11. First Flag Raising on Iwo Jima by Staff Sergeant Louis R. Lowery

Here is the real flag raising shot, raised atop the mountain soon after it was captured early in the morning of February 23, 1945. According to this source, Captain Dave Severance was ordered by 2nd Battalion Commander Chandler Johnson to send a platoon to go take the mountain. "Severance, the commander of Easy Company, ordered First Lieutenant Harold G. Schrier to lead the patrol. Just before Schrier was to head up the mountain, Commander Chandler Johnson handed him a flag saying, 'If you get to the top, put it up.' Johnson's adjutant, second lieutenant Greeley Wells, had taken the 54-by-28-inch (140-by-71-centimeter) American flag from their transport ship, the USS Missoula. The patrol reached the top without incident and the flag was raised, and photographed by Staff Sergeant Louis R. Lowery, a photographer with Leatherneck magazine.

For 11-11-11, we'll be posting twenty-four '11 lists' throughout the day. Check back 11 minutes after every hour for the latest installment, or see them all here.

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The Strange Reason Why It's Illegal to Take Nighttime Photos of the Eiffel Tower
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The Eiffel Tower is one of the most-photographed landmarks on Earth, but if photographers aren't careful, snapping a picture of the Parisian tower at the wrong hour and sharing it in the wrong context could get them in legal trouble. As Condé Nast Traveler reports, the famous monument is partially protected under European copyright law.

In Europe, copyrights for structures like the Eiffel Tower expire 70 years after the creator's death. Gustave Eiffel died in 1923, which means the tower itself has been public domain since 1993. Tourists and professional photographers alike are free to publish and sell pictures of the tower taken during the day, but its copyright status gets a little more complicated after sundown.

The Eiffel Tower today is more than just the iron structure that was erected in the late 19th century: In 1985, it was outfitted with a nighttime lighting system consisting of hundreds of projectors, a beacon, and tens of thousands of light bulbs that twinkle every hour on the hour. The dazzling light show was designed by Pierre Bideau, and because the artist is alive, the copyright is still recognized and will remain so for at least several decades.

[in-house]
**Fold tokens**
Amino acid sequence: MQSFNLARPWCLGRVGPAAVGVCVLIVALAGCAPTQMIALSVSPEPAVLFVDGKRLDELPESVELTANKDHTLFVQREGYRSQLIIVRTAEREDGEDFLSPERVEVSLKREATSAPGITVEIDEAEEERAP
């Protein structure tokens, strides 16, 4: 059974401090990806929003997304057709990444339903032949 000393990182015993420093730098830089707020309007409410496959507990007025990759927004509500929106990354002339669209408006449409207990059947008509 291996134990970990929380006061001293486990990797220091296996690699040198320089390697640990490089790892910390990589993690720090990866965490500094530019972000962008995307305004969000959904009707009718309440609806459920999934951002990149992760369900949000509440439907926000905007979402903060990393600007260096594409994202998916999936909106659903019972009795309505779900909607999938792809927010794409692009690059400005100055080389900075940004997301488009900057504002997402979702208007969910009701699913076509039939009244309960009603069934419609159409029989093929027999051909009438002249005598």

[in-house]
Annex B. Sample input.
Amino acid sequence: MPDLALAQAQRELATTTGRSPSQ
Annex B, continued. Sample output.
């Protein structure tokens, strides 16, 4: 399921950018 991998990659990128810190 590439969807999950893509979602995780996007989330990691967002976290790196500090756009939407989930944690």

That being said, taking a selfie in front of the Eiffel Tower after dark and sharing it on Instagram won't earn you a visit from Interpol. The law mainly applies to photographers taking pictures for commercial gain. To make sure any pictures you take of the illuminated tower fall within the law, you can contact the site's operating company to request publishing permission and pay for rights. Or you can wait until the sun comes up to snap as many perfectly legal images of the Parisian icon as you please.

[h/t Condé Nast Traveler]

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Scientists Share the Most Ridiculous Stock Photos of Their Jobs on Twitter
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If you picture a scientist as a guy in a white lab coat who spends all day glaring at vials, you can blame popular media. A quick image search of the word scientist brings up dozens of stock photos that fit this stereotype. And when photos do diverge from the norm, things start to get weird. Now real-life scientists are sharing some of these bizarre depictions on Twitter using the hashtag #badstockphotosofmyjob.

Some stock photos contain errors that would go unnoticed by most members of the public. But show a professional a model posing with a beaker of dyed water, or a backwards double-helix, and they might have something to say.

Despite all the lab gear, safety rules are apparently broken all the time in stock photo world. On rare occasions fake scientists ditch the lab coats altogether for lingerie—or nothing at all.

Even more puzzling scientist stock photo trends include injecting plants with mysterious liquid and holding stethoscopes up to inanimate objects.

Fortunately, scientists from the real world are much better at their jobs than scientists in stock photos make them out to be. To get a clearer picture of how a scientist's job differs from the stereotype, check out some behind-the-scenes accounts of their work in the field.

[h/t IFL Science]